hillrunner

PMA Member
I have a few "eye level" bow kills to my credit and several stalks with my muzzy in hand that resulted in successful hunts too. It is a different deal on the ground, but I, like many others, hunt primarily from an elevated stand nowadays.

My hunch is that "back in the day" most of us had more ground/acres to hunt and less concern about spooking a particular deer, so a spot & stalk or still hunt was a fairly common thing. Now, we get pretty particular about exactly what stand we will hunt on a given wind and even how we approach/exit the stand.

I agree, most of us are not willing to push the deer around when we have a very limited number of acres for the whole season. I used to try it during snow storms but never killed one doing it. I have killed deer off the ground with a bow but not a true spot and stalk.
 

SaskGuy

Active Member
I've not killed many deer with a bow at all but they all came from spot/stalk/ambush type hunts. I've actually only killed 3 deer in my entire life from an elevated position. I just find it very enjoyable to be able to go after them and it helps keep me from getting restless.

I understand entirely about what is being said about having a limited number of acres and less room for error, I feel fortunate that I am able to "throw caution to the wind" so to speak.
 

Sligh1

Administrator
Staff member
.

My hunch is that "back in the day" most of us had more ground/acres to hunt and less concern about spooking a particular deer, so a spot & stalk or still hunt was a fairly common thing. Now, we get pretty particular about exactly what stand we will hunt on a given wind and even how we approach/exit the stand.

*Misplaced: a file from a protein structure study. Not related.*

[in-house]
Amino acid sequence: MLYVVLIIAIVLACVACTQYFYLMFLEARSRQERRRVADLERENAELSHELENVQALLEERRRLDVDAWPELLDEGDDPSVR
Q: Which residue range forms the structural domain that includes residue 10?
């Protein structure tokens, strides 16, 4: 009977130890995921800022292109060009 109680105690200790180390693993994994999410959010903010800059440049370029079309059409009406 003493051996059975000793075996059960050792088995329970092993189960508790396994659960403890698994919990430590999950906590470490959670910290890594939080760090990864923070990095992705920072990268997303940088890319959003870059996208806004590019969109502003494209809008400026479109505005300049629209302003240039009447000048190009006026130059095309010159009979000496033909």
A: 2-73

RIGHT ON! I love to stalk and still hunt BUT I won't do it on my land, I have a limited area to hunt and know that is a lot of pressure to be creeping through areas, bumping deer and leaving scent (VS the short/small entrance in and out of my stand once a day on many occasions). I'd do it if I had 5,000 acres to hunt. When I was 14 and started hunting- I could go anywhere and got my 1st 10 point that way- stalked & ended up getting him at 5 yards as I was hunched up against a big shrub and pricker thicket. Now, if I SEE a buck bedded, ABSOLUTELY, I'd stalk him & man would that be cool to get him with my bow.

Personally, I'm FAR more effective from a treestand, seeing dozens of bucks in a day (some small, yes) at 5-15 yards - perfect shot opportunities for quick/clear kills and immensely exciting for me.

Sure would be nice to mix it up with stalking and still hunting though BUT I know my success would go down substantially (that's ME personally) and my land would be in rough shape later. If a guy's good at this though and can make it happen, VERY COOL!
 

About this Discussion

Top Bottom